LOS ANGELES • Mother-daughter actresses Debbie Reynolds and Carrie Fisher, who died just a day apart in December, were remembered by fans and friends last Saturday at a public memorial service in the Hollywood Hills.
Comedian Dan Aykroyd, who was briefly engaged to Fisher in the 1970s before she wed singer Paul Simon, and actor Griffin Dunne, her close friend, paid tribute to the actress best known as Star Wars' Princess Leia at Forest Lawn Memorial Park, where the pair are interred in a joint grave.
Aykroyd recalled how he once saved Fisher's life, applying the Heimlich manoeuvre to dislodge a brussels sprout.
"If I had been with our beloved showboat, I might have been able to save her again," he lamented.
Fisher, 60, died on Dec 27, four days after suffering a heart attack on a flight from Britain where she had been shooting the third season of the British comedy Catastrophe.
A day later, Reynolds, 84, who won moviegoers' hearts in Hollywood musicals, suffered a stroke and died.
The memorial featured home videos and photo montages set to music, as well as performances by singer James Blunt, the Gay Men's Chorus of Los Angeles and dancers from the Debbie Reynolds Dance Studio.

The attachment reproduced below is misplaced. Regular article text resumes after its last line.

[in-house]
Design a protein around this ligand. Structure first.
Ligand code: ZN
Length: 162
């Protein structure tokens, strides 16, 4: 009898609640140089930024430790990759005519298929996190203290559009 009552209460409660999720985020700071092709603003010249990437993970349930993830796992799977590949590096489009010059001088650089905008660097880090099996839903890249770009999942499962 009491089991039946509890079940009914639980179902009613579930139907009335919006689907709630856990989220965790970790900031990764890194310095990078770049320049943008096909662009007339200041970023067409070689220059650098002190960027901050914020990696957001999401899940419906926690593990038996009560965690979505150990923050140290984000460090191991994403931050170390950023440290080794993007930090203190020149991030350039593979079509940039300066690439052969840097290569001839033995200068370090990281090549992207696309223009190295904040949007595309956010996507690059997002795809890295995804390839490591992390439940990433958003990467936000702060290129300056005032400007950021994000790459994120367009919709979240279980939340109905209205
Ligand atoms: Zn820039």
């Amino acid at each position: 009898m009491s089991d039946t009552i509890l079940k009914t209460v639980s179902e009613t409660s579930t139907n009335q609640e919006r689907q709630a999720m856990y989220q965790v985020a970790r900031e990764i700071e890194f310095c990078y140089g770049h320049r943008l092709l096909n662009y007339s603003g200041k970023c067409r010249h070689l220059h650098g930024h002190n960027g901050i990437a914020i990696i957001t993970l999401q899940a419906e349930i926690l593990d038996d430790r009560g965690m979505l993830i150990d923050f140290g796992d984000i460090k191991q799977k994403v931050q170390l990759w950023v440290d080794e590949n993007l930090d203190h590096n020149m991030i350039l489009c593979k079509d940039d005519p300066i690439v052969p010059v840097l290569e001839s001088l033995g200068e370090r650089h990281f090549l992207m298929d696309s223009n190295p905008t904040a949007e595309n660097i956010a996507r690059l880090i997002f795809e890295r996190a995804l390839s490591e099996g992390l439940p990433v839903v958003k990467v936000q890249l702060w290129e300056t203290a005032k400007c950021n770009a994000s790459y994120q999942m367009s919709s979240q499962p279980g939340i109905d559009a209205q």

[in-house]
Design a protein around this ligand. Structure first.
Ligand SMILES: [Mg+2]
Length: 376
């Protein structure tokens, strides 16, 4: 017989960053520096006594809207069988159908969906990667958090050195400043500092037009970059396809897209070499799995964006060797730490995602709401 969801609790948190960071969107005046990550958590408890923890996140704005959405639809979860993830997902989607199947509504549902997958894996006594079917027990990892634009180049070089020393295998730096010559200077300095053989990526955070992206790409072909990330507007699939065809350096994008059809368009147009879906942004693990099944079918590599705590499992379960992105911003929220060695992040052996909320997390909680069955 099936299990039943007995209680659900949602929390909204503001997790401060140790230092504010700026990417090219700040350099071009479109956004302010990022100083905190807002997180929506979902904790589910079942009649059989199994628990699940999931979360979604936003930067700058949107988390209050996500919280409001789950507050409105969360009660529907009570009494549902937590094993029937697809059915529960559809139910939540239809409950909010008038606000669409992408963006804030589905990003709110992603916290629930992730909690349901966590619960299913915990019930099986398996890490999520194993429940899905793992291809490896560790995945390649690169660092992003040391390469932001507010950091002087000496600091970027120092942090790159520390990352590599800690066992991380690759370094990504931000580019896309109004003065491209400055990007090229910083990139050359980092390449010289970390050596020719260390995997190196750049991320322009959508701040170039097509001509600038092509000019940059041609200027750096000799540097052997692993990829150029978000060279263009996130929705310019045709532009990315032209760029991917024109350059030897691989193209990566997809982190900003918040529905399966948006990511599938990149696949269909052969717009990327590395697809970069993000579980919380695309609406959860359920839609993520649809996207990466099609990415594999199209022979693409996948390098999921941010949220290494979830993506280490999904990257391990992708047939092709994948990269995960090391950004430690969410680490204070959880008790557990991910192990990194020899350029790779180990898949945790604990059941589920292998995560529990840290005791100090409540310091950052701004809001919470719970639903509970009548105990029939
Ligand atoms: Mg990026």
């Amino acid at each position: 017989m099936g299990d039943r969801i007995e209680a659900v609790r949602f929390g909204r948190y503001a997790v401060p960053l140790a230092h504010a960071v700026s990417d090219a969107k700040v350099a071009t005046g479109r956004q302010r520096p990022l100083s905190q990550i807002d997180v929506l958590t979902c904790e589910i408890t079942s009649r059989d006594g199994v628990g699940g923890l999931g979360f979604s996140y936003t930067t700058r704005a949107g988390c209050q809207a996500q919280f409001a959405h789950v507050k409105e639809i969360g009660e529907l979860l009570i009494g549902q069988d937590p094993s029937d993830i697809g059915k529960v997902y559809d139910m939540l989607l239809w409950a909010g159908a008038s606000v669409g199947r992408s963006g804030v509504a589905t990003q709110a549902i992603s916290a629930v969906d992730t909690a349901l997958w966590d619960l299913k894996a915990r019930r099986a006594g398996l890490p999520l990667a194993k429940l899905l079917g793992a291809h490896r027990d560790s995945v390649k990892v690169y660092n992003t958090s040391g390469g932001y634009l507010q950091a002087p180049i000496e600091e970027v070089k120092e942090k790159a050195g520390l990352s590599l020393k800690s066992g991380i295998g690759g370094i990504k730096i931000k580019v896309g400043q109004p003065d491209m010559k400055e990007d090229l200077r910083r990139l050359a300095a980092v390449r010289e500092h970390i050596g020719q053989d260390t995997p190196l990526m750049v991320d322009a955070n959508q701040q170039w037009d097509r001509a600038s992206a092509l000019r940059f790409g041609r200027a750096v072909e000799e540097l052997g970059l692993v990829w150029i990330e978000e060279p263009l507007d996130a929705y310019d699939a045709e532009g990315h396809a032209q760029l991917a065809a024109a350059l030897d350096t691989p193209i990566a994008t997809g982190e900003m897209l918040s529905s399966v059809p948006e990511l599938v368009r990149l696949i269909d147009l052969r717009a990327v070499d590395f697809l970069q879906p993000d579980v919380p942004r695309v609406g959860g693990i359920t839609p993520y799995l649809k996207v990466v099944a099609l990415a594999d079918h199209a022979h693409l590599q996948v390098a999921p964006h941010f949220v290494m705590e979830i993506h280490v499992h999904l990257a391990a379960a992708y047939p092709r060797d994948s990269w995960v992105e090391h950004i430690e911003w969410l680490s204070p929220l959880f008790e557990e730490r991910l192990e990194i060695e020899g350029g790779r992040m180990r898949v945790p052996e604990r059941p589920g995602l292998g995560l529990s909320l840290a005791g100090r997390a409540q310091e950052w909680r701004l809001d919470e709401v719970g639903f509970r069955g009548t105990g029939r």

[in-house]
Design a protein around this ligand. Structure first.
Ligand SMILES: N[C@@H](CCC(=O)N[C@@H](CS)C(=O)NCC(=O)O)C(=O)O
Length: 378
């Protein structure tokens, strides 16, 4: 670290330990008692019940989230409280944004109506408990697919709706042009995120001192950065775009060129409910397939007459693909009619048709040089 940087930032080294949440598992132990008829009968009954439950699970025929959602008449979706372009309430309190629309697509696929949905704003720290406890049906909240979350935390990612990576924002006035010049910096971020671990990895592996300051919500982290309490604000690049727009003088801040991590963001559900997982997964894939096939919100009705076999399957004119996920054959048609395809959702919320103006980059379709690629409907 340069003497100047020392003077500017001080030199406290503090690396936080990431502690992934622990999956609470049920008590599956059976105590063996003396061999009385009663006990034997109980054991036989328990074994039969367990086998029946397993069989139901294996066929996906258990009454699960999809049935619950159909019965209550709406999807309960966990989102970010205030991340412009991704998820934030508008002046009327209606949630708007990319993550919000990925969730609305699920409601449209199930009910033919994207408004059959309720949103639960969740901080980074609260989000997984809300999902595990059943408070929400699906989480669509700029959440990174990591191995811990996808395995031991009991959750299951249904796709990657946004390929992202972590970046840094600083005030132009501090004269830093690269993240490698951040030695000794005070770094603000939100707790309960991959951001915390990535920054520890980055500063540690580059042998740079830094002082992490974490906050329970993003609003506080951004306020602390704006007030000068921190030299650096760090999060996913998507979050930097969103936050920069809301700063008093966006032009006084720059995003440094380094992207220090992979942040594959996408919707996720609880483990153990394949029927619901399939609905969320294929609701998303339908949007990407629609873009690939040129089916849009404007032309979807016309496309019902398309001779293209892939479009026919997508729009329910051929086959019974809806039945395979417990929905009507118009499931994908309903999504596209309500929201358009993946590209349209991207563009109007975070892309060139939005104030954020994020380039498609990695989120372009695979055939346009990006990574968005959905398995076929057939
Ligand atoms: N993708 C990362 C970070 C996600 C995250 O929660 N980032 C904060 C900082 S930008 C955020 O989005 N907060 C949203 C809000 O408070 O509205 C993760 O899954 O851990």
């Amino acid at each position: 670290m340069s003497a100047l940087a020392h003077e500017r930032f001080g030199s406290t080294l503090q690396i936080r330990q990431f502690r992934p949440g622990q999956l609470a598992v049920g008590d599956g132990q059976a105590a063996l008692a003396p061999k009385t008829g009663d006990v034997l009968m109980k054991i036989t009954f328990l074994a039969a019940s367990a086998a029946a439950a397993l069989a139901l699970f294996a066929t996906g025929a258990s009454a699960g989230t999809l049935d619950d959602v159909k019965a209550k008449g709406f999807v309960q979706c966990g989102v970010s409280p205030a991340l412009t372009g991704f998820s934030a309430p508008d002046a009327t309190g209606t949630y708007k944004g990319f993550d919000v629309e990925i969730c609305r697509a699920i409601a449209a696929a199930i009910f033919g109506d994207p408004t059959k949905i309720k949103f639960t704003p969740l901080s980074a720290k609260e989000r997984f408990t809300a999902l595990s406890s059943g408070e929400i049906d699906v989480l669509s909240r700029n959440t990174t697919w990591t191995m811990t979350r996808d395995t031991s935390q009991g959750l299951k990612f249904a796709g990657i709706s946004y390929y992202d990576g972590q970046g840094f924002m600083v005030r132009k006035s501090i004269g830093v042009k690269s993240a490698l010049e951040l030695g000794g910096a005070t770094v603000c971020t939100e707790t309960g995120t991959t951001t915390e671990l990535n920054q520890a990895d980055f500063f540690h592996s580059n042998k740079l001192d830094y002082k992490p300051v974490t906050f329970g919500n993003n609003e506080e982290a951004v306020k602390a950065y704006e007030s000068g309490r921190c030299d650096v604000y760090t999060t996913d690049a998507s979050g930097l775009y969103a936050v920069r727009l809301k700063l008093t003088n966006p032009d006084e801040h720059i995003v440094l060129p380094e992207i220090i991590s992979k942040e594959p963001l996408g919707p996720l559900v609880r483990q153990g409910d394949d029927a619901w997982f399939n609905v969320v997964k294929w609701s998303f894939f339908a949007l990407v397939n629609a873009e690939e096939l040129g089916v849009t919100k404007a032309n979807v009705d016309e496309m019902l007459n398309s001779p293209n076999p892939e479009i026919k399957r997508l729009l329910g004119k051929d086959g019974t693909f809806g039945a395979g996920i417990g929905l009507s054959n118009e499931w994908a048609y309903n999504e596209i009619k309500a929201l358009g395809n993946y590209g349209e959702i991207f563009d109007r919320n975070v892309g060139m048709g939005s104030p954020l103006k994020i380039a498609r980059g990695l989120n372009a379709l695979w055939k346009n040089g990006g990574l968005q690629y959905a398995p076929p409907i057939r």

Blunt, a close friend who stayed at Fisher's while making his 2004 debut album, Back To Bedlam, debuted a tribute song titled I'm Here To Let You Go. There was even an onstage appearance by R2D2, the Star Wars robot.
Hundreds of fans lined up for hours to say a final goodbye. Many placed flowers at the grave.
Fisher's brother, Todd, who arranged the memorial, said: "This entire thing I'm calling a show, not a memorial. Because my mother didn't like memorials or funerals. She liked shows and parties. She also loved her people and you are all her people - not just her close friends, but her extended family, her fans."
REUTERS, AGENCE FRANCE- PRESSE